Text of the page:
More HFNCs have become essential in the port city, as doctors are now recommending high flow oxygen support to a growing number of critical Covid-19 patients
Abu Bakar, a resident of Chattogram's Zamal Khan area, began suffering from breathing difficulties and his oxygen saturation level dropped below 90 percent on Friday.
His family and friends tried to get a bed at a government hospital, but could not find any vacancy. They later managed to get Bakar admitted to a private hospital, and doctors put him on high-flow oxygen as his saturation level dropped below 70 percent.
Bakar urgently needed oxygen with a flow rate of more than 30 litres per minute. However, the hospital only has the capacity to supply oxygen at flow rate of up to 25-30 litres per minute at its intensive care unit (ICU) and high dependency unit (HDU).
So, Bakar needs a high flow nasal cannula (HFNC). For the last five days, Bakar's family had been trying to get a bed at a facility with HFNC support, but to no avail. He continues to fight for his life at a private hospital ill-equipped to treat him.
In Chattogram, there are only seven HFNCs at two government hospitals – Chattogram Medical College Hospital and Chattogram General Hospital. Additionally, there are 21 HFNCs at private hospitals and two charitable facilities throughout the port city.
The city not only faces a dire need for HFNCs, but also requires significantly more general and ICU beds at its hospitals. There are hardly any beds to admit more patients in Chattogram, as the local hospitals are currently overflowing with them.
Yasmin Begum, wife of Abu Bakar, told The Business Standard, "We went to all the hospitals in the city and it took us around five hours to get my husband admitted to a facility. Our struggle then resumed as we began searching for a HFNC or an ICU bed.
"We are yet to manage it, because every hospital has turned us away. However, we were lucky enough to manage an HDU bed on Tuesday."
She added, "At the hospital, some are praying for the recovery of the patients, and some are praying for patients to pass away so that more beds become available."
Munia Moon, a non-governmental organisation (NGO) worker, described her experience, "My father was admitted to a hospital with Covid-19 last week. The doctors recommended high flow oxygen or intensive care unit support for him, but we could not manage it in time.
"My father died two days after being hospitalised."
More HFNCs have become essential in the port city, as doctors are now recommending high flow oxygen support to a growing number of critical Covid-19 patients.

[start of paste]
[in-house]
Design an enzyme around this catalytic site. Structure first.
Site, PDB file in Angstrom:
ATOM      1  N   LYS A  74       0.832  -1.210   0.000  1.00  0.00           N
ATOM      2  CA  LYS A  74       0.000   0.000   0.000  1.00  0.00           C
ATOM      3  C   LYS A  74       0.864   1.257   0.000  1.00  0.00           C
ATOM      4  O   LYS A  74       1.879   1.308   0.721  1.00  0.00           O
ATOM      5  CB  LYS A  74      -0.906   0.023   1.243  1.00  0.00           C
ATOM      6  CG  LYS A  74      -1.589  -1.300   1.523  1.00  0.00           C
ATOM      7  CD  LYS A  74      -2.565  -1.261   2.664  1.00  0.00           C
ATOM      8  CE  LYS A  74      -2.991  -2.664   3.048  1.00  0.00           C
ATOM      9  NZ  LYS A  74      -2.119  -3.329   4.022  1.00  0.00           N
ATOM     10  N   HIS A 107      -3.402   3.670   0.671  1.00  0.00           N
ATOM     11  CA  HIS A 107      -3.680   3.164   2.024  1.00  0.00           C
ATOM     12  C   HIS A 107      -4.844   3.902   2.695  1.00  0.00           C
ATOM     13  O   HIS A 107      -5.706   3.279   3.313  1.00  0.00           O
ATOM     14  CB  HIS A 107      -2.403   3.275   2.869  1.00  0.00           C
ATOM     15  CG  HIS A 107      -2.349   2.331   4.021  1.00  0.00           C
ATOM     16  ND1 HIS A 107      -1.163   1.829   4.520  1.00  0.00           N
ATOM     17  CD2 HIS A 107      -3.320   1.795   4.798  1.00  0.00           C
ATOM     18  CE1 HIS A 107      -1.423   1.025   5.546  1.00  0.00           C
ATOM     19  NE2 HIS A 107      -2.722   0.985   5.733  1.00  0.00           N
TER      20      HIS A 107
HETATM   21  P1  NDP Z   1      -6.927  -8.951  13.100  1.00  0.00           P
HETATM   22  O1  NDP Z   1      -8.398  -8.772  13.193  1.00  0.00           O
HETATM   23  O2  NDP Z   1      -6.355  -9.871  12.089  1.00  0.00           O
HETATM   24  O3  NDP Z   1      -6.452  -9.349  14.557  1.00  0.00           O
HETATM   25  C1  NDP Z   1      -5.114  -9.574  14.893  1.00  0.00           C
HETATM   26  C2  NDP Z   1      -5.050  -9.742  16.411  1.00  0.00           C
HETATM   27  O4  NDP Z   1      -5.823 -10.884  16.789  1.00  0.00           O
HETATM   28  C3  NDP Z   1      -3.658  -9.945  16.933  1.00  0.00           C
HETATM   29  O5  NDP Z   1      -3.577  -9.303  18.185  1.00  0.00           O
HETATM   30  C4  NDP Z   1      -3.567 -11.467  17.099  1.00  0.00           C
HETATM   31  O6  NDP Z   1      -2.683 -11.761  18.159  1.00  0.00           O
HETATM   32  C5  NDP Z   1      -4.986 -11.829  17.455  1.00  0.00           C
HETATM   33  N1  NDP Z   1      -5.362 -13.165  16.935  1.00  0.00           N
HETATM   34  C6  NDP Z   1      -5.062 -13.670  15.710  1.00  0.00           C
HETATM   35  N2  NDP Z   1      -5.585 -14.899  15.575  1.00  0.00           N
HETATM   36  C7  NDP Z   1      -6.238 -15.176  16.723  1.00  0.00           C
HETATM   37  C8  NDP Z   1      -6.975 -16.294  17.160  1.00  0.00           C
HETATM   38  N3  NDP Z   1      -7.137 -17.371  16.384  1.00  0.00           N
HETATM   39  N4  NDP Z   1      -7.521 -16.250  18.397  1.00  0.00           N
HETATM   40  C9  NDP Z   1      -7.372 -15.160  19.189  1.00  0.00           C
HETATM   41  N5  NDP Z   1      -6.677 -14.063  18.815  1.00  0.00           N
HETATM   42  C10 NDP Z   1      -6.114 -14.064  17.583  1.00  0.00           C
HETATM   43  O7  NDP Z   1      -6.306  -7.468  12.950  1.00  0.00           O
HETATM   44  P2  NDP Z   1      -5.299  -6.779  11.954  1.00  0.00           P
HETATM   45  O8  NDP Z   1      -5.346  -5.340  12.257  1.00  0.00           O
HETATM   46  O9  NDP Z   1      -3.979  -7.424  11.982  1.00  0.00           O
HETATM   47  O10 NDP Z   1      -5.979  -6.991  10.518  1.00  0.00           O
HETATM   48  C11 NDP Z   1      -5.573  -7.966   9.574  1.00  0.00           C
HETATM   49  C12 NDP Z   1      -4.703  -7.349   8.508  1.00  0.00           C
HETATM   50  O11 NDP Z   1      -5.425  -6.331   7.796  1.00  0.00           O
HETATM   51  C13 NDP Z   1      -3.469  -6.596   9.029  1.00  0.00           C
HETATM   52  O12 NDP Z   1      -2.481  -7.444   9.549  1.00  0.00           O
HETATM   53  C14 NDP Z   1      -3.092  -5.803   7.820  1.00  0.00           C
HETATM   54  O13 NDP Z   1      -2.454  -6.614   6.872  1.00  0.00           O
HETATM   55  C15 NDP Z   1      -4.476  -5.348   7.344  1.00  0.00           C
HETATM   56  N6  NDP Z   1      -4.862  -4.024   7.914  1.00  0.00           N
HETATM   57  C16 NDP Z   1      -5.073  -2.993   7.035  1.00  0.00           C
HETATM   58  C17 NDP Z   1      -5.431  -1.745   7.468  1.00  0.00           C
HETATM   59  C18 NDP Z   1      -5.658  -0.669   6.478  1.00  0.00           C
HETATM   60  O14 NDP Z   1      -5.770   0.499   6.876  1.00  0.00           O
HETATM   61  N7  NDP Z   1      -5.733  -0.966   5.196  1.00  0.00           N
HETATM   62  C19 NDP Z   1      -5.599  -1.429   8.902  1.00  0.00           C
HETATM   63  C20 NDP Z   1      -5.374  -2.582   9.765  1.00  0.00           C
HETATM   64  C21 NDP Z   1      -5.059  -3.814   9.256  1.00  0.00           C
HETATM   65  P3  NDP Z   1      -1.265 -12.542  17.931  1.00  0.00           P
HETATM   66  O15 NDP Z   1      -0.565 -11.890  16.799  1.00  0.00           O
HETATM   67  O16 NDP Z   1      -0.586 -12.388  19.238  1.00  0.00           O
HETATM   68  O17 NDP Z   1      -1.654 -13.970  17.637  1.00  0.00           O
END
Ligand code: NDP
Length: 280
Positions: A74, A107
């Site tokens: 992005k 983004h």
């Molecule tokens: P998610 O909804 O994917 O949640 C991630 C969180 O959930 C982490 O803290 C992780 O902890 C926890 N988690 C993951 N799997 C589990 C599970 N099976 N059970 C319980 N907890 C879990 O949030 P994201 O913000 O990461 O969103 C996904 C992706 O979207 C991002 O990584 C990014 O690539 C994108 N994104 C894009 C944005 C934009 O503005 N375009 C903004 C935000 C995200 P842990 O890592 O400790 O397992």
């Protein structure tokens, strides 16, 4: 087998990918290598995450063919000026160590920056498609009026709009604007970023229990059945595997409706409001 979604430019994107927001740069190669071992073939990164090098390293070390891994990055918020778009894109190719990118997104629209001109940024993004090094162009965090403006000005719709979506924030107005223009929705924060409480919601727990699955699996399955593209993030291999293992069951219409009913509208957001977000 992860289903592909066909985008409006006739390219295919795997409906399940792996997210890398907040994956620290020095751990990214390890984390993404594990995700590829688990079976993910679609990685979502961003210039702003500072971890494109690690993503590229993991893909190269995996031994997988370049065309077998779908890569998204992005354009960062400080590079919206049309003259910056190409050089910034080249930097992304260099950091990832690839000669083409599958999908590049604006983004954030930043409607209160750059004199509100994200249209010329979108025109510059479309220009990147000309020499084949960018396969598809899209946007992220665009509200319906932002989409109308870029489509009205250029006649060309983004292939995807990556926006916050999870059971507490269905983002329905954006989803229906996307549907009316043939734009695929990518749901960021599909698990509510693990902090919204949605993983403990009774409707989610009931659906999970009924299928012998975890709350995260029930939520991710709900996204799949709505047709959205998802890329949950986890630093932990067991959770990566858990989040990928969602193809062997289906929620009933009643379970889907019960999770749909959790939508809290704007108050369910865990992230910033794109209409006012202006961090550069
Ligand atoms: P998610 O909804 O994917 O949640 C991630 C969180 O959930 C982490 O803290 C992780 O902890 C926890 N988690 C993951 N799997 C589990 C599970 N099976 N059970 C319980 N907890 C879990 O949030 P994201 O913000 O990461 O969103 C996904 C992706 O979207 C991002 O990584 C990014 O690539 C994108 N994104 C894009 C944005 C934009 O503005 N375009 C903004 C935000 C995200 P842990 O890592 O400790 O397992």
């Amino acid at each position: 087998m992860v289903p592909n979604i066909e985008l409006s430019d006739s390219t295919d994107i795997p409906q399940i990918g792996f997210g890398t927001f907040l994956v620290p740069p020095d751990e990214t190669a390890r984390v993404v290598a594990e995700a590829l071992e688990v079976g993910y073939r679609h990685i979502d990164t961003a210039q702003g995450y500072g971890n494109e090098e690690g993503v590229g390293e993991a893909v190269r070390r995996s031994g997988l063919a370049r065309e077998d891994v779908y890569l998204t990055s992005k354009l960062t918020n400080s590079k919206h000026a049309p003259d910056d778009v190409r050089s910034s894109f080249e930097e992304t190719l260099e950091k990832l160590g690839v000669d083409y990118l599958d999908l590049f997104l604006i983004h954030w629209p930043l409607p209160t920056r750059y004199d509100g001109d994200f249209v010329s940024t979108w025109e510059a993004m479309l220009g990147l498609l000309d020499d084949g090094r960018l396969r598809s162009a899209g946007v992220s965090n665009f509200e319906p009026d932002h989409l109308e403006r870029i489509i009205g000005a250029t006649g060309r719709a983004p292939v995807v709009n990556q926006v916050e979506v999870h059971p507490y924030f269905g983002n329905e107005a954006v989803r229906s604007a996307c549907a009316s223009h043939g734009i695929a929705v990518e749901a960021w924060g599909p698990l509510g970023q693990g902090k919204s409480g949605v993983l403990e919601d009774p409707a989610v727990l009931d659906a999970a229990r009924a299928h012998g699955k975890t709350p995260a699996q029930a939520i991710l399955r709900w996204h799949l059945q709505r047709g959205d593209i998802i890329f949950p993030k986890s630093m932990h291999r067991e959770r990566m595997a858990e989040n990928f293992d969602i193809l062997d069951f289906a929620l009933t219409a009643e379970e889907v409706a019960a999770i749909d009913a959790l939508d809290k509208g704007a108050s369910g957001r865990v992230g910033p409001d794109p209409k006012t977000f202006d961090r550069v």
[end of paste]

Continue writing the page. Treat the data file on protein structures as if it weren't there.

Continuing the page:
Dr Abdur Rab Masum, medicine specialist of Chattogram General Hospital, said, "Covid-19 patients need high flow oxygen. Using HFNCs, we can provide 70-80 litres of oxygen per minute to patients, while the flow rate of the central oxygen line or a cylinder is only 15 litres per minute.
"So, there is now a huge demand for high flow nasal cannulas for Covid-19 patients."
According to Chattogram District Civil Surgeon Dr Sheikh Fazle Rabbi, around 400 beds, including 17 ICU beds and seven HFNCs, have been prepared for Covid-19 patients at Chattogram Medical College Hospital (CMCH), Chattogram General Hospital (CGH), the Bangladesh Institute of Tropical and Infectious Diseases Hospital (BITID), Holy Crescent Hospital and Railway Hospital.
On Wednesday, the CMCH said they have so far admitted around 250 patients against the capacity of 100 beds. Meanwhile, the CGH has admitted around 200 patients against its capacity of 150 beds.
Responding to a query, Dr Mostafa Jamal of the CGH's Covid-19 unit, said, "We need at least 20 HFNCs, but have only three. We did not have any HFNCs until May this year, and we received them as a donation."
Dr Aftabul Islam, deputy director of the CMCH, said, "We are struggling with the increasing number of patients every day. Moreover, we have only four HFNCs and seven ICU beds, though at least 50 patients need those services.
"Every day we are getting a huge number of requests for HFNCs and ICU beds from patients, and we have no choice but to turn them away due to our limited capacity."
Additionally, the BITID, Holy Crescent Hospital and Railway Hospital do not have any HFNCs whatsoever.
According to the Chattogram Private Hospitals and Lab Owners Association, there are around 15 HFNC and 121 ICU beds at private hospitals in the port city.
Of them, four are at Surgiscope Hospital, three at Max Hospital, three at Metropolitan, two are at CSCR, two at Parkview and one at National Hospital. Additionally, two charitable hospitals – Chattogram Field Hospital and Maa-O-Shishu Hospital have two and four HFNCs, respectively.
There are also allegations that hospitals are refusing to admit patients despite having beds available. However, private hospitals are also grappling with the shortage of available beds for patients, the association said.
Liakat Ali Khan, general secretary of the association said, "We have to deal with all types of patients. No hospital is turning away Covid-19 patients now. There is a shortage of beds as the number of patients is increasing."
Chattogram is home to over six million people, and 6,979 among them are infected with the novel coronavirus. The official death toll is 152 as of Wednesday.
According to doctors, around 20 percent of the Covid-19 infected need emergency support such as oxygen, ICU and ventilators.